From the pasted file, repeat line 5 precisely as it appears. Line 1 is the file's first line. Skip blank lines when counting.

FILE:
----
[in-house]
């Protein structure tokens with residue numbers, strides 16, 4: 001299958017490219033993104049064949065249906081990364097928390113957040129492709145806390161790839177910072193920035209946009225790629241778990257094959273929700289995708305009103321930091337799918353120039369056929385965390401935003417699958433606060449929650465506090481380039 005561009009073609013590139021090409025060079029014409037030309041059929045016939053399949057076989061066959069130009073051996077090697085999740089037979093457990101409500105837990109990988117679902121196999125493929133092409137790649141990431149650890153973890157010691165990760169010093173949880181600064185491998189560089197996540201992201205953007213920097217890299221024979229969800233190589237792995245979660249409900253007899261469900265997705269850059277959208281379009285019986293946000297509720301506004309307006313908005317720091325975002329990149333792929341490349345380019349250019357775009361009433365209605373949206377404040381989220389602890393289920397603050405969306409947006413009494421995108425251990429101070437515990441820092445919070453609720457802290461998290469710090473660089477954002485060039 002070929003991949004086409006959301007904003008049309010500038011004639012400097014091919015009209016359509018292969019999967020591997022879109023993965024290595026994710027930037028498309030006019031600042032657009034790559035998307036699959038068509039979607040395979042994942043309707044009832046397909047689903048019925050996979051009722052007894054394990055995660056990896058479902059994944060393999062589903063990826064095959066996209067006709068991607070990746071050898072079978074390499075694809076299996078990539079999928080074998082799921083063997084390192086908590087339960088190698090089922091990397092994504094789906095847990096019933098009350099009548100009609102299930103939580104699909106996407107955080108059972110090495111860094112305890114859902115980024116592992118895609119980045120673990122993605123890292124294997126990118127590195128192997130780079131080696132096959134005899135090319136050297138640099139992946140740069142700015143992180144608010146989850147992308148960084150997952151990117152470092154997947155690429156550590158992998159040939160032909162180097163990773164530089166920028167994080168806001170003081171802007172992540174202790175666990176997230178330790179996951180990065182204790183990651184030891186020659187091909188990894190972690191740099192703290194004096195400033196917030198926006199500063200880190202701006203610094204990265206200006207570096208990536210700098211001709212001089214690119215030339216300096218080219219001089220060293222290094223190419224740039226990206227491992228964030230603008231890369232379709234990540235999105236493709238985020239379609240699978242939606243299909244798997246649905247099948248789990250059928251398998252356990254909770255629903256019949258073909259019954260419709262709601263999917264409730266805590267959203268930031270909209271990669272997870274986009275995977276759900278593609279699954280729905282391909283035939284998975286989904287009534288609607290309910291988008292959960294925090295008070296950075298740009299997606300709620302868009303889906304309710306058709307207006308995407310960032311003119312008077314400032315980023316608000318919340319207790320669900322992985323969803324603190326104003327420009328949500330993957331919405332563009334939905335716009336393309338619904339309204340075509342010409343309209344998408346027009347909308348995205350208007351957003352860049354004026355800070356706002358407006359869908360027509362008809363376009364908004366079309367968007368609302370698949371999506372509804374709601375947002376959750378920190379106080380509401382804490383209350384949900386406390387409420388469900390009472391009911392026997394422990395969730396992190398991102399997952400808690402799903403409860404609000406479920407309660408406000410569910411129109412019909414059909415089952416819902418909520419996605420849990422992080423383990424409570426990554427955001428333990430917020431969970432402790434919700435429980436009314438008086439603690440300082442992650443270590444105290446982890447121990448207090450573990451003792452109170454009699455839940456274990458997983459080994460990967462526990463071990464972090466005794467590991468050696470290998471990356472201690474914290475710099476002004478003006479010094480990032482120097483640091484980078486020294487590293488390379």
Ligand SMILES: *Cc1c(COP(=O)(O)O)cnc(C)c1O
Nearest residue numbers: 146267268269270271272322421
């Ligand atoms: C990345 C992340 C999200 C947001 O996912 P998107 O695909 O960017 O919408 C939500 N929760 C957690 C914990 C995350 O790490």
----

């Ligand atoms: C990345 C992340 C999200 C947001 O996912 P998107 O695909 O960017 O919408 C939500 N929760 C957690 C914990 C995350 O790490």